Card-on-file is a key component of operations for merchants whose business model includes recurring billing. There are other use cases, as well, though. To illustrate:

  • Transportation and food delivery apps leverage card-on-file to streamline the customer experience.
  • Hotels and car rental services can use card-on-file to cover “no-show” charges, incidental fees (like room service), and theft or damages.
  • Stores who offer buy now/pay later options are sure to be paid if they already have a card-on-file.

While it’s not in widespread use yet, there is a growing number of autonomous “no checkout” retailers. These organizations rely on card-on-file transactions, too. Consumers scan a card upon entry, then pick up the items they want. Existing card information is used to complete the payment when the customer leaves the store.


Say you operate a small pizzeria. You have customers that order delivery through your website on a regular basis. Typing in all that card information can be time-consuming; all those extra minutes spent keying-in information represent friction that might deter a customer. Not only that, but each time they key-in information, there’s a chance the buyer may make an error. This would result in a failed authorization request.

Instead, let’s say a customer can simply click a small box that says something like “Use this card for future orders.” This authorizes you to keep the card information on file. If everything checks out, all orders from then on can be paid for at the click of a button, eliminating errors and cutting down friction.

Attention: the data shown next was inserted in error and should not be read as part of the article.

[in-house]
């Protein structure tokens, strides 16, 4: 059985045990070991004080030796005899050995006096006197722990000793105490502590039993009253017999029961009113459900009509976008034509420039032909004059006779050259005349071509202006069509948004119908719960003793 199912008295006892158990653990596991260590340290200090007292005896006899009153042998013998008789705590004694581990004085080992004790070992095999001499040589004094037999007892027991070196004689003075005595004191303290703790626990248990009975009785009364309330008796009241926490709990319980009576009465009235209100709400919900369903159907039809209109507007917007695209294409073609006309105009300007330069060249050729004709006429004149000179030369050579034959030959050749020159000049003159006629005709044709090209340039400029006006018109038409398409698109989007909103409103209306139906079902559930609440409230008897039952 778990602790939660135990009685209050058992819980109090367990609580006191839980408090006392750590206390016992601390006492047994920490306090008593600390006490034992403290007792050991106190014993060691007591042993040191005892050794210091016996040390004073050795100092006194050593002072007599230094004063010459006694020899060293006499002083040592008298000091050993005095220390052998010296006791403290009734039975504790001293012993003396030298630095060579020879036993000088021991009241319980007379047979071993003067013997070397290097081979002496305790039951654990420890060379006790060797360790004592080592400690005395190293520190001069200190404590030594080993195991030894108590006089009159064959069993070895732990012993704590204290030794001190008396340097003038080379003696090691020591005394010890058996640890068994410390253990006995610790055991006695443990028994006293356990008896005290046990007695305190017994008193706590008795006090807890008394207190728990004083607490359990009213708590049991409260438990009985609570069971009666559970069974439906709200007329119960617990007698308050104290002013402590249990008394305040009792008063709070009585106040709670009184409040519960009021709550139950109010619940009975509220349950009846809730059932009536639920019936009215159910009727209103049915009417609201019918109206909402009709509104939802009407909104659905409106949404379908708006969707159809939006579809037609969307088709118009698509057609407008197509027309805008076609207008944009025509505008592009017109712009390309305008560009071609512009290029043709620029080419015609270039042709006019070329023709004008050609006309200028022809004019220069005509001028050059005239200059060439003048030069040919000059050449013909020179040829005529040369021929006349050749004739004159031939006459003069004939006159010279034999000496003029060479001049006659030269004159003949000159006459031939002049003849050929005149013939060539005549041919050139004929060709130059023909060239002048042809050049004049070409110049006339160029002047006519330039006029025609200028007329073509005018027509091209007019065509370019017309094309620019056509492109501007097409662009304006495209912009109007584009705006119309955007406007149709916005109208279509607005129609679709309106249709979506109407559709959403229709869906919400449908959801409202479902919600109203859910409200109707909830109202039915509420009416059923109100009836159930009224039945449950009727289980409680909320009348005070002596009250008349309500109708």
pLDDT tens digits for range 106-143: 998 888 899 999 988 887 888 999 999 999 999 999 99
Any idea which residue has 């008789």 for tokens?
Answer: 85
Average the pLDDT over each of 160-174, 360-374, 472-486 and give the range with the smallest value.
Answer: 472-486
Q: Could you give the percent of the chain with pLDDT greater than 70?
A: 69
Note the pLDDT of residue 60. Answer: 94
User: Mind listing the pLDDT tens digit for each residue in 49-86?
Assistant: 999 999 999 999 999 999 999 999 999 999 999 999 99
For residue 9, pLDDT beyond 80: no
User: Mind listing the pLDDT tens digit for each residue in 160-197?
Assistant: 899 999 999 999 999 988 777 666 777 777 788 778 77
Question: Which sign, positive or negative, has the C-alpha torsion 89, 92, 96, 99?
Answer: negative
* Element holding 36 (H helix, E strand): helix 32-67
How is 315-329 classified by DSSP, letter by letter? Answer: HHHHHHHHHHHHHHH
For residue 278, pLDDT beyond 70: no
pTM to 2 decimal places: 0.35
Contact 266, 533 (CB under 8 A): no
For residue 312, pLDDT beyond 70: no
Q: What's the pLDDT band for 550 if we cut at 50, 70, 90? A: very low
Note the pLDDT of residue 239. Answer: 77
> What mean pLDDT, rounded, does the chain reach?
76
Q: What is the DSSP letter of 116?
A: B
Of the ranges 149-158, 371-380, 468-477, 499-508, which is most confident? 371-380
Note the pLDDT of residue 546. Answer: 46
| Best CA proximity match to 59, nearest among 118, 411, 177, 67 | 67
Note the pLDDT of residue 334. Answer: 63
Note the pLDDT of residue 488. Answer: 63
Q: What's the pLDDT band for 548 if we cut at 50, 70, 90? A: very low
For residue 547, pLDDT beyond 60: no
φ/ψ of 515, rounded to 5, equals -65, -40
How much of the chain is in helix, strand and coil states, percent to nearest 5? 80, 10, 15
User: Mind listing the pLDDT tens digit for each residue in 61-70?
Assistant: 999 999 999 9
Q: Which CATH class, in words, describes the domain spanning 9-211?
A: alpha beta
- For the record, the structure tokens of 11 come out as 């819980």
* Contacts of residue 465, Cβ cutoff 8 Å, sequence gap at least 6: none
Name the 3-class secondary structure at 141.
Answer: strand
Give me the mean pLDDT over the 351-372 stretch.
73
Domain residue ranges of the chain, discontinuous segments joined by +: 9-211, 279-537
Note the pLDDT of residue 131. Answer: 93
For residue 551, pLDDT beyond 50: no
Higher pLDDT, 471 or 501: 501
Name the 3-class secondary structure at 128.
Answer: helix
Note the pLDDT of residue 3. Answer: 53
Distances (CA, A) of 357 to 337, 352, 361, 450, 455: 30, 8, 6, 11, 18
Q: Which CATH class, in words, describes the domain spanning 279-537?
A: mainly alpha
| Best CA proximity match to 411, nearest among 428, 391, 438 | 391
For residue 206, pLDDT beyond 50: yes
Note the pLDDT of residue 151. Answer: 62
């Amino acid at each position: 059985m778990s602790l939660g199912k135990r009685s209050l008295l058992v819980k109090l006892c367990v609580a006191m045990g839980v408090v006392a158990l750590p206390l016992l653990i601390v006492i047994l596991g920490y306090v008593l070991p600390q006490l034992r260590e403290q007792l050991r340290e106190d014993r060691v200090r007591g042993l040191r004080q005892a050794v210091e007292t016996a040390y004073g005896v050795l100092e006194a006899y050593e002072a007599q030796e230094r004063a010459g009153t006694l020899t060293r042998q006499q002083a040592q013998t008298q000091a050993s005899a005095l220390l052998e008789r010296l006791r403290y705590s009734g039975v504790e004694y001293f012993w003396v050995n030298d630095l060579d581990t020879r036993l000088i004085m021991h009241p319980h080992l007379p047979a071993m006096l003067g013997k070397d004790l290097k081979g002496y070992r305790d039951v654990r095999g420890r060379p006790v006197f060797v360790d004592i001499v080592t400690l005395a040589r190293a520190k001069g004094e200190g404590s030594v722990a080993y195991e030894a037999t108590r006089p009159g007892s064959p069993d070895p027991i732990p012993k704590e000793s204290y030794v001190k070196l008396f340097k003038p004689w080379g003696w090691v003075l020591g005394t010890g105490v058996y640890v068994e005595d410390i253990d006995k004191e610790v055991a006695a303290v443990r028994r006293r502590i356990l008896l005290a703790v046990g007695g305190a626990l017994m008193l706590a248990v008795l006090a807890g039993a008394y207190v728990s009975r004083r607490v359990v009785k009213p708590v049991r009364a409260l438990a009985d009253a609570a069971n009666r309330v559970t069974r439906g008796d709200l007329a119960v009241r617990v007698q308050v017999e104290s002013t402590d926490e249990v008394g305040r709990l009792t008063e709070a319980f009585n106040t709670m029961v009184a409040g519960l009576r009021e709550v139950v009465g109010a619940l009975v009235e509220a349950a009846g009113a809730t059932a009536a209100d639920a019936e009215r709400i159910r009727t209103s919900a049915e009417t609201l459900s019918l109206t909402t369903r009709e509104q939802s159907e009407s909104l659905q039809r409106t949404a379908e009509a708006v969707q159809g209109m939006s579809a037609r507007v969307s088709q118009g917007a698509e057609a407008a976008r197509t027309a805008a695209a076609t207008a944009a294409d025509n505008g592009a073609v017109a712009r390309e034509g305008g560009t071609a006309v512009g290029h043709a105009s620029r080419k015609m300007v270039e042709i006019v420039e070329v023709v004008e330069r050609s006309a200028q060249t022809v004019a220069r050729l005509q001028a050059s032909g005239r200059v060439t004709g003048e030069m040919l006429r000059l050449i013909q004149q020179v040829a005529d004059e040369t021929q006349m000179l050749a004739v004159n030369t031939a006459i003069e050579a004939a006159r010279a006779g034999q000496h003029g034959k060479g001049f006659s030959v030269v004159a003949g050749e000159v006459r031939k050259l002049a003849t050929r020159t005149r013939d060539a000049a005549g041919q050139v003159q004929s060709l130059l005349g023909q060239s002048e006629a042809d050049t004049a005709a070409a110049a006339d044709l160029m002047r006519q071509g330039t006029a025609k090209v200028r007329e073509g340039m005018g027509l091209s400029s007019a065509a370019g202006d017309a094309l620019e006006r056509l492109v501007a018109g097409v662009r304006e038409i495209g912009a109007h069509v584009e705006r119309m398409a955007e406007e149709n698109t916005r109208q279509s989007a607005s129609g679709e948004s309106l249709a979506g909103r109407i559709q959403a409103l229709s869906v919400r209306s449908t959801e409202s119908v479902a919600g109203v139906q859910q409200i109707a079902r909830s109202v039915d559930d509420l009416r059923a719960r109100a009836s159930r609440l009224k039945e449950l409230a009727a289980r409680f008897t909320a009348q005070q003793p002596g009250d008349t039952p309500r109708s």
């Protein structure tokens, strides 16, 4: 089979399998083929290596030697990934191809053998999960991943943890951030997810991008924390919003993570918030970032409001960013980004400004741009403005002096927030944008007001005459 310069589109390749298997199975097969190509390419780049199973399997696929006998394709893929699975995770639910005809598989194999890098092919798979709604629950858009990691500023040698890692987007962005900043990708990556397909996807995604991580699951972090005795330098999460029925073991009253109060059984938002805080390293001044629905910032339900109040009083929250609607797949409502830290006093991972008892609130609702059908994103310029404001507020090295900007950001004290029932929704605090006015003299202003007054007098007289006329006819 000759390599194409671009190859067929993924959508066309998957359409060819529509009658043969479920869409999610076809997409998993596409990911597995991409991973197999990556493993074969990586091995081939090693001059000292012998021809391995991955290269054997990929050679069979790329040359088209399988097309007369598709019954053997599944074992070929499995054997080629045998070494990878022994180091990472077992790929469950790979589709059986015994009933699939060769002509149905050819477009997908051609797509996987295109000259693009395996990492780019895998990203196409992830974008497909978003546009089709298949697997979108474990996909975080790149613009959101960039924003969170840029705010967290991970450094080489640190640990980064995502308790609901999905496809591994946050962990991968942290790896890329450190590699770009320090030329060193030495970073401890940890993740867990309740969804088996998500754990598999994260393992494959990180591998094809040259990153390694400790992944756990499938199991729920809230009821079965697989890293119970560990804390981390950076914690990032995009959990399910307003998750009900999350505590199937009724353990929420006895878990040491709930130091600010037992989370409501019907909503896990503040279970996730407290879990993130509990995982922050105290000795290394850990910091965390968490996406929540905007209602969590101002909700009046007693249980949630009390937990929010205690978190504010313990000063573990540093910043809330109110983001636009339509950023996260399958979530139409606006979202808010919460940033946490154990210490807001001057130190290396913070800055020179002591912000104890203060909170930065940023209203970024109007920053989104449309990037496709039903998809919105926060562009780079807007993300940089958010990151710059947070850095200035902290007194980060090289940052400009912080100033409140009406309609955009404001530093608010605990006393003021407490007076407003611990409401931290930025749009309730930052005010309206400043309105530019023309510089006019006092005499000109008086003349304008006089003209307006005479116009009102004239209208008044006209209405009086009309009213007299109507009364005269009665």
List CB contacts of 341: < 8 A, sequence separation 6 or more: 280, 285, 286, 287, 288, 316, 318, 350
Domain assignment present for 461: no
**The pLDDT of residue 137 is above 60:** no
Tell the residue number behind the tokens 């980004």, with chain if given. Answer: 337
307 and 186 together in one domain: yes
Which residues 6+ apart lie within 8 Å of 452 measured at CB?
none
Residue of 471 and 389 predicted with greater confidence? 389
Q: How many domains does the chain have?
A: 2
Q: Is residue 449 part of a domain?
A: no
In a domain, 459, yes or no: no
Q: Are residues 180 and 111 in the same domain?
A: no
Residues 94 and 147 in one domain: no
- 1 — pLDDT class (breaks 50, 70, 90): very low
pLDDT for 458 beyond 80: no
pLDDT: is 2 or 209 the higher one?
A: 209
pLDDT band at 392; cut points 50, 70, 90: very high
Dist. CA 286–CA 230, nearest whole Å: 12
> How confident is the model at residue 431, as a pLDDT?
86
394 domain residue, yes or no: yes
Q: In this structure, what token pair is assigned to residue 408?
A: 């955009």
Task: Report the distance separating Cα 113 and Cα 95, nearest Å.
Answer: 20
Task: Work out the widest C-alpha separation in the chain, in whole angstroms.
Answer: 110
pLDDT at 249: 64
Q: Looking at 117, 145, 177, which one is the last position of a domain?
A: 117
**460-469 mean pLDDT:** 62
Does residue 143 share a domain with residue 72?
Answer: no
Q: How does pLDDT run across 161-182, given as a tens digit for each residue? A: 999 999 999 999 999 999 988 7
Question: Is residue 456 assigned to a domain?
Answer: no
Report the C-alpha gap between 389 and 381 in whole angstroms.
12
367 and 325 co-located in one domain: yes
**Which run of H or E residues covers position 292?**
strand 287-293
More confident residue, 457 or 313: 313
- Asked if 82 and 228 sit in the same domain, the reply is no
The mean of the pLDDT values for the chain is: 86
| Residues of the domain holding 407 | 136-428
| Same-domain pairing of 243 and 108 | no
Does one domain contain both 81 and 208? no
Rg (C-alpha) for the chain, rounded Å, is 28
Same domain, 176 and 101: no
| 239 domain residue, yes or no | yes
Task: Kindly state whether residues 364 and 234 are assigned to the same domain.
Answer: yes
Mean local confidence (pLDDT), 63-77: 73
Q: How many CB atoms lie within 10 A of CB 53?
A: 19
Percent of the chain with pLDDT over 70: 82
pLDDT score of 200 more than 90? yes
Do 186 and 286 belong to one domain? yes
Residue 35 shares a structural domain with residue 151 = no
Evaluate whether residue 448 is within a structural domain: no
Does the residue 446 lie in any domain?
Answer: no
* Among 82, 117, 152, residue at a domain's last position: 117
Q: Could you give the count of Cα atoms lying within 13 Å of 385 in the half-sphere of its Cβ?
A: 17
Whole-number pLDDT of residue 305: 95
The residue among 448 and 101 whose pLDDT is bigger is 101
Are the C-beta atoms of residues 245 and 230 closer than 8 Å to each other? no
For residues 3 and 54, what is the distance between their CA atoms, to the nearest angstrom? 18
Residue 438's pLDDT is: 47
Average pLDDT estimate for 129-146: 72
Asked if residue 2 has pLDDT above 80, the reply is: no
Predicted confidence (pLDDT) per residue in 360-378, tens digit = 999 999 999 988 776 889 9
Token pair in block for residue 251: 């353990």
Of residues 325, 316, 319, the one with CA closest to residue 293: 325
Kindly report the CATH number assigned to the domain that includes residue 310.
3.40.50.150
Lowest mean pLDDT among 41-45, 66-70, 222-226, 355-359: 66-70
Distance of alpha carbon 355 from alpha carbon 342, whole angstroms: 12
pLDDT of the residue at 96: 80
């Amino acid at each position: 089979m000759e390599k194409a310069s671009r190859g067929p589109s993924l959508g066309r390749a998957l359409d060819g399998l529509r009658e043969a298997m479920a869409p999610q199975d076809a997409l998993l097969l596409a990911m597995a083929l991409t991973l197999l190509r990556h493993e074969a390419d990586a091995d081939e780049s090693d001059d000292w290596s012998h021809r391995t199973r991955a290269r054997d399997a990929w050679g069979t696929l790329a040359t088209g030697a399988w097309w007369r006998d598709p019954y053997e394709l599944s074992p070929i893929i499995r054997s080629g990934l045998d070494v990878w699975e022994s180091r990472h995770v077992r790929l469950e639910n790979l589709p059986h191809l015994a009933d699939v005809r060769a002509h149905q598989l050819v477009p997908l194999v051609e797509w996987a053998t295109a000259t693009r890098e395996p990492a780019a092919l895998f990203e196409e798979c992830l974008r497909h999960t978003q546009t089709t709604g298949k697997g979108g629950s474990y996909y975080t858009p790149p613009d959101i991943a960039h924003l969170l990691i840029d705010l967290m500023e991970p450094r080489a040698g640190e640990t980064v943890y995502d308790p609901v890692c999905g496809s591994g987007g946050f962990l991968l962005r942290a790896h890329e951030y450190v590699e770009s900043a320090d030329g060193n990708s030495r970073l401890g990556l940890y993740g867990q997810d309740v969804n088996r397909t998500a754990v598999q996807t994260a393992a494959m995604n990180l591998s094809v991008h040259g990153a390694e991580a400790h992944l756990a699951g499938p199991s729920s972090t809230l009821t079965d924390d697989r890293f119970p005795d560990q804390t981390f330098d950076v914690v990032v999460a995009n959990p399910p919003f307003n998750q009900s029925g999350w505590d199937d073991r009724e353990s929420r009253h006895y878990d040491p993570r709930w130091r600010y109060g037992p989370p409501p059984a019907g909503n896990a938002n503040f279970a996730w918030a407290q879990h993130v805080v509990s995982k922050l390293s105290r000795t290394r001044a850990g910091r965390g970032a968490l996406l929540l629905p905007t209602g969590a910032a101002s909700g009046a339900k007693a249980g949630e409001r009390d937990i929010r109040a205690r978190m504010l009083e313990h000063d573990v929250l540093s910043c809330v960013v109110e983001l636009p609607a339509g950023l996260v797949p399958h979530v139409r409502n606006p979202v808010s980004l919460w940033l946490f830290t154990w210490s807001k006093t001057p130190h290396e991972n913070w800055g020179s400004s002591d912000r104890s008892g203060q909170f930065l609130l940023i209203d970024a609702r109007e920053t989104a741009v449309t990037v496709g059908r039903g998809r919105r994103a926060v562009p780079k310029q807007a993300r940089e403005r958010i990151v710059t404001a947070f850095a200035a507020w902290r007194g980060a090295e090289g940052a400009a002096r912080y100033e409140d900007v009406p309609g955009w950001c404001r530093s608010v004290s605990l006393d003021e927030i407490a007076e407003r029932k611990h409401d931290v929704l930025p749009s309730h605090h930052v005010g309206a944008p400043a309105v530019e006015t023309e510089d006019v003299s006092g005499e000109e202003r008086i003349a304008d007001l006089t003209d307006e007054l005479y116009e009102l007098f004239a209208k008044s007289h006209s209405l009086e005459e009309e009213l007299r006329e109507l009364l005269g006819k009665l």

Who Initiates a Card-on-File Transaction?

There are two distinct types of card-on-file transactions. Both require a previous purchase by the cardholder, at which time the merchant cached the card data in a secure location.

Before the merchant can actually use the card for a purchase, they must obtain the cardholder’s permission. This often involves the user signing a credit card authorization form, a document that gives the “OK” to charge their card on an ongoing basis.

Once all the permissions are in place, a transaction can be initiated by either the customer or the merchant:

Cardholder-Initiated Transactions (CIT)

Cardholder-initiated, card-on-file transactions involve a consumer being present for the sale and providing their payment credentials. This doesn’t necessarily mean physically present: a CIT can be made through an in-store terminal, but it can also happen online through a checkout experience.

The key point is that the cardholder gets the ball rolling by opting to pay with card information previously used and stored on file with the merchant.

Merchant-Initiated Transactions (MIT)

For merchant-initiated transactions to take place, the cardholder must authorize the merchant to do more than must have card data on file. They’ll also need permission to initiate a payment without the cardholder being involved, and without requiring additional verification.

Why Would a Merchant Initiate a Transaction?

With a cardholder-initiated transaction, the cardholder gives their permission to use their data for the purchase on a one-time basis. With a merchant-initiated transaction, the cardholder gives permission to use the card for future purchases without first requesting the buyer’s authorization. Obviously, there are limits to that use, usually spelled out at the time at which the card information is retained on file.

MITs are useful in a variety of situations. The main place they come into play is recurring billing. In many instances it is beneficial to both the merchant and the customer to have billing done automatically. Examples include:

  • “Software as a Service” Subscriptions (Gmail, Microsoft Office, WhatsApp)